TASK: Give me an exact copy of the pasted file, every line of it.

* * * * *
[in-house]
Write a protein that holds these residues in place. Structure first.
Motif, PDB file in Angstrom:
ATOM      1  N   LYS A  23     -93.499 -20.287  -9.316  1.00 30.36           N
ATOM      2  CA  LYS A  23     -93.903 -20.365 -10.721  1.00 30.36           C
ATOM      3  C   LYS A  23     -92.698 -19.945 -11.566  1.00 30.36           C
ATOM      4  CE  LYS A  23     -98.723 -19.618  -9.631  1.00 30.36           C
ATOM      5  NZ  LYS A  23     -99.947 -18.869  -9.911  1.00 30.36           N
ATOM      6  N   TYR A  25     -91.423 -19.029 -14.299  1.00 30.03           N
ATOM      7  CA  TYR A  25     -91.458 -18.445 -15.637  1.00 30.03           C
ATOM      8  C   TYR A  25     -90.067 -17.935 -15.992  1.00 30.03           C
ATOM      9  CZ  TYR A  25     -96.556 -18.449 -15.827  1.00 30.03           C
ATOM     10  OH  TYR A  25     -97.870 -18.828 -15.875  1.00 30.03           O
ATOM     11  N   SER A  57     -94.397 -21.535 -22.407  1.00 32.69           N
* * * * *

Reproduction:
[in-house]
Write a protein that holds these residues in place. Structure first.
Motif, PDB file in Angstrom:
ATOM      1  N   LYS A  23     -93.499 -20.287  -9.316  1.00 30.36           N
ATOM      2  CA  LYS A  23     -93.903 -20.365 -10.721  1.00 30.36           C
ATOM      3  C   LYS A  23     -92.698 -19.945 -11.566  1.00 30.36           C
ATOM      4  CE  LYS A  23     -98.723 -19.618  -9.631  1.00 30.36           C
ATOM      5  NZ  LYS A  23     -99.947 -18.869  -9.911  1.00 30.36           N
ATOM      6  N   TYR A  25     -91.423 -19.029 -14.299  1.00 30.03           N
ATOM      7  CA  TYR A  25     -91.458 -18.445 -15.637  1.00 30.03           C
ATOM      8  C   TYR A  25     -90.067 -17.935 -15.992  1.00 30.03           C
ATOM      9  CZ  TYR A  25     -96.556 -18.449 -15.827  1.00 30.03           C
ATOM     10  OH  TYR A  25     -97.870 -18.828 -15.875  1.00 30.03           O
ATOM     11  N   SER A  57     -94.397 -21.535 -22.407  1.00 32.69           N